Product Description: This Heer Dagger by Höller is an all-original, late war piece. The blade is really nice, in excellentt condition, with a perfect tip, original crossgraining, and just a few tiny gray spots. The handle fittings, including the grip, are all typical late war production. The crossguard and pommel retain great detail, and have an attractive, dark age patina, with scattered freckling. The white grip shows some traces of age and wear, with light patina. This Heer Dagger by Höller is complete with its original, zinc based scabbard. The scabbard has an old, even, dark age patina. There is a small dent on the scabbard, that does not affect the function. The ornamentation on the scabbard is crisply detailed, and both of the scabbard bands and suspension rings that would allow this to be fastened to a uniform, are intact. Overall, this desirable, maker marked Army dagger is in excellent plus condition.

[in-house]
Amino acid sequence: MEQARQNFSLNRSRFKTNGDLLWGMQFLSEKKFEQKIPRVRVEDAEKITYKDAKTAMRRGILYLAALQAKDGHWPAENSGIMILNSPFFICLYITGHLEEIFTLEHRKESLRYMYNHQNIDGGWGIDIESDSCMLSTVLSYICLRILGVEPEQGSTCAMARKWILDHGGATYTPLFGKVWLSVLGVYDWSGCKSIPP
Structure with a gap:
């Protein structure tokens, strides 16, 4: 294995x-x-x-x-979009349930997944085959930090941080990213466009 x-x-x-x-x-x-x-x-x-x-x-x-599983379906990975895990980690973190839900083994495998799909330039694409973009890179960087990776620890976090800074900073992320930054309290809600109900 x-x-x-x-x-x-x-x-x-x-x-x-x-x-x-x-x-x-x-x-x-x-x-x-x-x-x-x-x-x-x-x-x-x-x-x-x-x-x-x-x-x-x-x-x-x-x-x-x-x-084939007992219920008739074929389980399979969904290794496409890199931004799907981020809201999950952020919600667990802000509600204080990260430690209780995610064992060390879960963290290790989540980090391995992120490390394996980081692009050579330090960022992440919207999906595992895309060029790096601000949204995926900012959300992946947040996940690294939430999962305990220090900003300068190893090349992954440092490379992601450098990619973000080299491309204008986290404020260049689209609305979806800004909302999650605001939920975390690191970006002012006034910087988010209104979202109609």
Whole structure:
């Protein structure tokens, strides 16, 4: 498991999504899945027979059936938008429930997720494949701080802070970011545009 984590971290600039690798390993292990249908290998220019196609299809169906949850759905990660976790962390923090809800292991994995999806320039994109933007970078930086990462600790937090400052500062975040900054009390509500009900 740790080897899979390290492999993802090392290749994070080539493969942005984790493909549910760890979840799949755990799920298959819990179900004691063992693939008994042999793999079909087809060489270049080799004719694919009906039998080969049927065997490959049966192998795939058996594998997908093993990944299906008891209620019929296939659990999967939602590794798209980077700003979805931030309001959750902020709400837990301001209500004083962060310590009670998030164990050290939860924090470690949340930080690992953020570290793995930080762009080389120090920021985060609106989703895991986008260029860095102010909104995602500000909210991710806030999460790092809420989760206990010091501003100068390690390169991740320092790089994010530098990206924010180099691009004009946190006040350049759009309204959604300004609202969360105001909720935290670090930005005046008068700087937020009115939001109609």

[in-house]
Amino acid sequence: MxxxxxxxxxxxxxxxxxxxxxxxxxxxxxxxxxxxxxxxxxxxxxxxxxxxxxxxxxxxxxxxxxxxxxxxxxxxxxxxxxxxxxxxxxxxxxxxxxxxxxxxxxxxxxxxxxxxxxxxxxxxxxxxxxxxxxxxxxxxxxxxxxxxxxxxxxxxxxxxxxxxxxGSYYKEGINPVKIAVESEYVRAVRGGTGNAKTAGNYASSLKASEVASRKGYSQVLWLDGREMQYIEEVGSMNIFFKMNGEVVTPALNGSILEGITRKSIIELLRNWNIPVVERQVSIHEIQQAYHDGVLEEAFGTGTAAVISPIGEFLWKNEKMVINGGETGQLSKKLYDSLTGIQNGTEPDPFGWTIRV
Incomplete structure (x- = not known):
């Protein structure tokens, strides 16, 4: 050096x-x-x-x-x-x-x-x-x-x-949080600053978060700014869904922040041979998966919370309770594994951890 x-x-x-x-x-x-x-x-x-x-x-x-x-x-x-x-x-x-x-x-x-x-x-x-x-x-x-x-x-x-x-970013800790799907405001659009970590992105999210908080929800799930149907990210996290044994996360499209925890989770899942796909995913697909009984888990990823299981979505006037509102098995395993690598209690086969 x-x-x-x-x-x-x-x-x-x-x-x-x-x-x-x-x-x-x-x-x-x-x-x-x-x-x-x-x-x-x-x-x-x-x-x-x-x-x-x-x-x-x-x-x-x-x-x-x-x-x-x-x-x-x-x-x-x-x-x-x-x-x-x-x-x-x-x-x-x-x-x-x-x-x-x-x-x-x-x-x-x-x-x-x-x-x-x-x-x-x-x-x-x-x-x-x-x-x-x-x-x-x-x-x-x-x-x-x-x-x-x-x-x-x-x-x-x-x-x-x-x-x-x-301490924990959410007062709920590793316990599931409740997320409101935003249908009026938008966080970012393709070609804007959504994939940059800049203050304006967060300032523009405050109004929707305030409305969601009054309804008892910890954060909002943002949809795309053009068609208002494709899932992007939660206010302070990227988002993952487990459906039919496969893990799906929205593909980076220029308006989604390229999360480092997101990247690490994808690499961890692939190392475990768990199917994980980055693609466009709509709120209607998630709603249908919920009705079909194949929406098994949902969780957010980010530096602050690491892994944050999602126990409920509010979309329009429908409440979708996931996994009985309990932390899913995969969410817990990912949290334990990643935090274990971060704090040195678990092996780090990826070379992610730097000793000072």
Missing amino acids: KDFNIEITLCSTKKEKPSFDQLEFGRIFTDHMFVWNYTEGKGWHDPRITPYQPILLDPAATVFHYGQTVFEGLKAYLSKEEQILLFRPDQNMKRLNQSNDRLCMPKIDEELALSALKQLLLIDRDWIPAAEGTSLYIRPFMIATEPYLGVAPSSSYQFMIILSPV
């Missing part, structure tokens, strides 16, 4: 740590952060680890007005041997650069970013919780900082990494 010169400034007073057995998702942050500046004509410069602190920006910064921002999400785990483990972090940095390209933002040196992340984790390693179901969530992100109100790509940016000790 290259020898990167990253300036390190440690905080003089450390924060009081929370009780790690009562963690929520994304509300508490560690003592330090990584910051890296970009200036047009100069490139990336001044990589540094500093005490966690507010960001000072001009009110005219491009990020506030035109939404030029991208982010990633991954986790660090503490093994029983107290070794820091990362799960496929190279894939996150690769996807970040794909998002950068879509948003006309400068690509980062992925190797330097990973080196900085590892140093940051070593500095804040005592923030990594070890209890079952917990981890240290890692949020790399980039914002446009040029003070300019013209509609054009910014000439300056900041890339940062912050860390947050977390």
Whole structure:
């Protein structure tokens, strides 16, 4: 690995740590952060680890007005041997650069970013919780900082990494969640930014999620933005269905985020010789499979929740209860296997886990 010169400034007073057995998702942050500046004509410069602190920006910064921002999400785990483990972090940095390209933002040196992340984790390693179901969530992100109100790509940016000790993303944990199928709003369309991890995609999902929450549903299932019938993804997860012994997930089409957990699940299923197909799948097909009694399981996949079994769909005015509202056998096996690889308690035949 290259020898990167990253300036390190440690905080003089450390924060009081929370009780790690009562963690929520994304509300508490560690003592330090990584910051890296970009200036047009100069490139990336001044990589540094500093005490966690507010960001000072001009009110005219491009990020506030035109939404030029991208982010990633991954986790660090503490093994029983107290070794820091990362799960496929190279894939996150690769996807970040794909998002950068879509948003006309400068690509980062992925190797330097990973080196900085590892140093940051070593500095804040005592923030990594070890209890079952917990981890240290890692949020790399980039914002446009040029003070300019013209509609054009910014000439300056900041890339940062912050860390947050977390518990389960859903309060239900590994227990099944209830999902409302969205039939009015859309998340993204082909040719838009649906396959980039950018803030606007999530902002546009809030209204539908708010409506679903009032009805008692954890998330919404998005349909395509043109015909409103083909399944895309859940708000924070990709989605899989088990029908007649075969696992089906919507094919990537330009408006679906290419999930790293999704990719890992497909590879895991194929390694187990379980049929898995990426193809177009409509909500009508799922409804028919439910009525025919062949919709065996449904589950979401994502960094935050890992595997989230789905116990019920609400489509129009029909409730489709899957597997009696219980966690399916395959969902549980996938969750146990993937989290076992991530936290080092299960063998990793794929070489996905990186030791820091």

Historical Description: After WWI, the German military, known as the Reichswehr, was restricted to a relatively small force. Hitler changed this in 1935, reintroducing universal military conscription, and creating a new German Armed Forces- the Wehrmacht. Within the Wehrmacht, the German Army was known as the Heer, and a new dagger was designed and introduced for the officers of this new German Army in May 1935. As with all German Army officer uniforms and accoutrements, they were not issued; rather, the officer had to purchase them. These were ceremonial and decorative pieces of regalia, that were worn on occasions that did not call for carrying a sword. The overall pattern and design of the dagger remained consistent throughout the production run, but the large number of individual manufacturers created a wide variety in details, especially with regard to the handle fittings. There were approximately 42 different manufacturers of the blades. There were construction changes over time as well. Early German Army daggers generally featured plated brass alloy handle fittings. Later, zinc was used. Wartime type scabbards were generally unplated, with a gray finish. Production of German Army daggers ceased around 1943. The German Army was a huge organization, and large numbers of these daggers were produced. But there were many specific variants that were produced in low numbers, especially the highest quality, luxury type pieces for well-heeled officers. Some daggers were personalized and customized, and are unique. The striking and attractive design of the German Army dagger was well-received by officers at the time, and these are very sought-after by collectors today.
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